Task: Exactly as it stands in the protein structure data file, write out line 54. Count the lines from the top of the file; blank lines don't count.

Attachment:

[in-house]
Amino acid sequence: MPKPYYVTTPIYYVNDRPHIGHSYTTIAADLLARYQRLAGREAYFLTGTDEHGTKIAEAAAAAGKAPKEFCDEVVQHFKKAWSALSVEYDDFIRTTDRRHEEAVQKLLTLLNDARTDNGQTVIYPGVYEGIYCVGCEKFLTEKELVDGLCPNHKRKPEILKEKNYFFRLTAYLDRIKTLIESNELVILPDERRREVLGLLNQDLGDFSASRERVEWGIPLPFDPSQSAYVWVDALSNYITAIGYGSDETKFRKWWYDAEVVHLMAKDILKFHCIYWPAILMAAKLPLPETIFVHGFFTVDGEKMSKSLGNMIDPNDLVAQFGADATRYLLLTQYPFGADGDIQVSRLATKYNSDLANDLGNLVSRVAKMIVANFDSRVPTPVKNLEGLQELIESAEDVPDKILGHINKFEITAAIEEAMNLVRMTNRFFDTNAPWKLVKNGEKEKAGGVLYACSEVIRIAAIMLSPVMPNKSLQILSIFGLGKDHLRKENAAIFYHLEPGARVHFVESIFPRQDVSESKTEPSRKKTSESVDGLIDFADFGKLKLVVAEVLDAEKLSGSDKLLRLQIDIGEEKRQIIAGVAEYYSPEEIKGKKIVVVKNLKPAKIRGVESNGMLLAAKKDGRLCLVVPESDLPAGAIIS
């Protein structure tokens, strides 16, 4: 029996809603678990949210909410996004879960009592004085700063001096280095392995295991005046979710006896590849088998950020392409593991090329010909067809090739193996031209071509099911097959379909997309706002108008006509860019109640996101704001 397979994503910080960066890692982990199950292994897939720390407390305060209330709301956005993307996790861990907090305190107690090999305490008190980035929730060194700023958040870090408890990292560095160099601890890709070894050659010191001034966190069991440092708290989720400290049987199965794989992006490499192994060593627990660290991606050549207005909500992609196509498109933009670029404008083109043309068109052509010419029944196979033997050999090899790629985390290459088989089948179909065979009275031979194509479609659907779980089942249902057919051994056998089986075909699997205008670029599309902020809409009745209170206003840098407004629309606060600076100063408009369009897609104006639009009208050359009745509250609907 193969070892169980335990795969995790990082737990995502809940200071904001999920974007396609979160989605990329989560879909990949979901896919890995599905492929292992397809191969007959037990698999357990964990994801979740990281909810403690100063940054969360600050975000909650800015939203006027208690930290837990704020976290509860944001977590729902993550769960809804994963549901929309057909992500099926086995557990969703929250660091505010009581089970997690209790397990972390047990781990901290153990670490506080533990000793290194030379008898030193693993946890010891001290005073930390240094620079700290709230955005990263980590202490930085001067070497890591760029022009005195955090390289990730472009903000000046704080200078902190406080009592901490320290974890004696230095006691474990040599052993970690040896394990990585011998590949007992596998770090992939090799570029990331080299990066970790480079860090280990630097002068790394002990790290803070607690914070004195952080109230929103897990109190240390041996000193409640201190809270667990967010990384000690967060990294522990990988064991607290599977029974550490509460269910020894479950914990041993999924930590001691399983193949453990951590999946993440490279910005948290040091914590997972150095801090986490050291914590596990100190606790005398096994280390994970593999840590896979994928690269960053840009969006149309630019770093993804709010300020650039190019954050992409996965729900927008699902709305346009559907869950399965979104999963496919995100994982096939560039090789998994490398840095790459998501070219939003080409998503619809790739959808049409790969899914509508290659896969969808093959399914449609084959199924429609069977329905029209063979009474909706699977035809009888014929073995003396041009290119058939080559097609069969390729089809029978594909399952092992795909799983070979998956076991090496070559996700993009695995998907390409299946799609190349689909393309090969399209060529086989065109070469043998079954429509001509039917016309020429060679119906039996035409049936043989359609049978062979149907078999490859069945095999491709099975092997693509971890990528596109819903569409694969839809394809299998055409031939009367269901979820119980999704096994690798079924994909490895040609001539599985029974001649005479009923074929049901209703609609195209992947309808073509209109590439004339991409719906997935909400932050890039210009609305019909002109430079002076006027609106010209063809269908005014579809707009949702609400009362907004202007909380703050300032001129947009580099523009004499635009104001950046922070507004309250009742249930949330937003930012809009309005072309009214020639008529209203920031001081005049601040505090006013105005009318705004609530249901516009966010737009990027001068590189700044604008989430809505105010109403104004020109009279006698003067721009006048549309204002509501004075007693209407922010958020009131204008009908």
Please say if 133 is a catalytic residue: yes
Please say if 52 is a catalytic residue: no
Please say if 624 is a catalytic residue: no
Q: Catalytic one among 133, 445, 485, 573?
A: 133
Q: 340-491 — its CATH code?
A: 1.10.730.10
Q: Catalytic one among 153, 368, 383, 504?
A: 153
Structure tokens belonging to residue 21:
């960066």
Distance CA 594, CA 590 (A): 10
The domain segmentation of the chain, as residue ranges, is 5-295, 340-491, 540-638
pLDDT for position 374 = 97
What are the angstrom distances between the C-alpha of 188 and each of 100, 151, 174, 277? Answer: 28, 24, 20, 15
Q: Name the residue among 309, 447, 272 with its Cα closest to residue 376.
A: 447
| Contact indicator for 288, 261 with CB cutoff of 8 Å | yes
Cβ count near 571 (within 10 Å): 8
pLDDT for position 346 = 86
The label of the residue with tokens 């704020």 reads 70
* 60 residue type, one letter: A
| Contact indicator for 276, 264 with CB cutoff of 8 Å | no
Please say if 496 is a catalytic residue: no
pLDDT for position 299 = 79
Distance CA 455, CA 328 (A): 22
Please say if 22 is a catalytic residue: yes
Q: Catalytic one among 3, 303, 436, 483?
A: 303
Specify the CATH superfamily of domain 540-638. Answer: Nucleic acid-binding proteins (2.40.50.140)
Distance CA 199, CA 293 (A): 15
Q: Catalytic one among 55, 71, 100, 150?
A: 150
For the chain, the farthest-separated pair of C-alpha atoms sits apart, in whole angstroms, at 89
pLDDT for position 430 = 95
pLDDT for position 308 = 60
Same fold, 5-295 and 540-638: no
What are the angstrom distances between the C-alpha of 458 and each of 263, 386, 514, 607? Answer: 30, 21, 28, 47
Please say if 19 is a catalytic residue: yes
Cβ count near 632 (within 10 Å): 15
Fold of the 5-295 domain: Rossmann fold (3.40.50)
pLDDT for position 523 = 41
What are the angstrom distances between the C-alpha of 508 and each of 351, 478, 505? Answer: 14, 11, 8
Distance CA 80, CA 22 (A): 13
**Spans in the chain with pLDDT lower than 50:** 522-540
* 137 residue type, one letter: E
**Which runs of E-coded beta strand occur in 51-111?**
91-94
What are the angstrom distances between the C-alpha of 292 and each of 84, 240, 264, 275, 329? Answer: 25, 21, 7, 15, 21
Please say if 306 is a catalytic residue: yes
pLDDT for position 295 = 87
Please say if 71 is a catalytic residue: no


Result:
pLDDT for position 295 = 87